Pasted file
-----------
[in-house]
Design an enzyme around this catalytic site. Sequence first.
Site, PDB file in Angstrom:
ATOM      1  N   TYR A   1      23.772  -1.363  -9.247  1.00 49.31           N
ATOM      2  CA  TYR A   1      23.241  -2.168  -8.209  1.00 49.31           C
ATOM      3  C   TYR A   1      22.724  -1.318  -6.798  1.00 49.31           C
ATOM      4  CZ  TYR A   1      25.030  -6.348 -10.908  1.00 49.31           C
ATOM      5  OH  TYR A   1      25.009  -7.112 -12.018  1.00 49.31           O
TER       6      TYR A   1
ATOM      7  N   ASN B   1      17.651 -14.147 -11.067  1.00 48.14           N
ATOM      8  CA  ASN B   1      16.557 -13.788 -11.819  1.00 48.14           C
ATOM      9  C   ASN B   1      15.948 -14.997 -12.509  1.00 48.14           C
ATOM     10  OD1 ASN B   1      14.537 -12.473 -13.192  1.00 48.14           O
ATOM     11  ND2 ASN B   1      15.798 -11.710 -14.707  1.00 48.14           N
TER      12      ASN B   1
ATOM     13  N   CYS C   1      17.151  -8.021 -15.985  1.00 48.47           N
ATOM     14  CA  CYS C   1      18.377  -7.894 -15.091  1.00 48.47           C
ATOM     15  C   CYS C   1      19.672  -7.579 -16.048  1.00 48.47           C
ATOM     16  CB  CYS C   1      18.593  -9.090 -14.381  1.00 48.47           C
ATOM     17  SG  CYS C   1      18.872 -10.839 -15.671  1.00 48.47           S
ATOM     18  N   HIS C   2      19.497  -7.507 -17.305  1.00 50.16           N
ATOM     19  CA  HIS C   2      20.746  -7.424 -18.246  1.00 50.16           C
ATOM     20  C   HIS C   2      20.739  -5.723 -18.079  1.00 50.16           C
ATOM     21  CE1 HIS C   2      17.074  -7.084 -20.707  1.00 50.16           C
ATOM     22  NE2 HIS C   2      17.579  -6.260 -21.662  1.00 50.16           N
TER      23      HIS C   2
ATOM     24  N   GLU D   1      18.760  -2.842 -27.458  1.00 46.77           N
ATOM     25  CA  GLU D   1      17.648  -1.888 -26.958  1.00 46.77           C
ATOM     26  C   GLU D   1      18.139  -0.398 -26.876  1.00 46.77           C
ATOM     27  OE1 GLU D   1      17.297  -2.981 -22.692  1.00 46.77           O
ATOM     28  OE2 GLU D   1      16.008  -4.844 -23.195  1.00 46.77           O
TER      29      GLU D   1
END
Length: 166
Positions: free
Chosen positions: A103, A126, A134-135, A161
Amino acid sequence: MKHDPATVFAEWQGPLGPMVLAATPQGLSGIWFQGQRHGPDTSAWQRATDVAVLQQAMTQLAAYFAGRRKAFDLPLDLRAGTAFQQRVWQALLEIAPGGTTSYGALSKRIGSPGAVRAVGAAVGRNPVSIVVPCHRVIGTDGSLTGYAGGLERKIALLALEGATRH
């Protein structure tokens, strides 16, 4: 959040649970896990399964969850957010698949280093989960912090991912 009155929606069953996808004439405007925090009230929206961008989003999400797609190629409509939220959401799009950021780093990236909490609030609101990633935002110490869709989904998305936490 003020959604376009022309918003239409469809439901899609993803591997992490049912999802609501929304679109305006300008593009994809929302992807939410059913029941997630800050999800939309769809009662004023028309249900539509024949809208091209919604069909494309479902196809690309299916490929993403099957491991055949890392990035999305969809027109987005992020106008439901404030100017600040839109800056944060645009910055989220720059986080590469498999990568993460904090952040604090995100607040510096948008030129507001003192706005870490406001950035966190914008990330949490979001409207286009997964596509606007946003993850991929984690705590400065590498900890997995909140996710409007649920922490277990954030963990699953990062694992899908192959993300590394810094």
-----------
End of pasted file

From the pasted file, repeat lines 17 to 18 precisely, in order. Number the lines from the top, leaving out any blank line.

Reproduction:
ATOM     14  CA  CYS C   1      18.377  -7.894 -15.091  1.00 48.47           C
ATOM     15  C   CYS C   1      19.672  -7.579 -16.048  1.00 48.47           C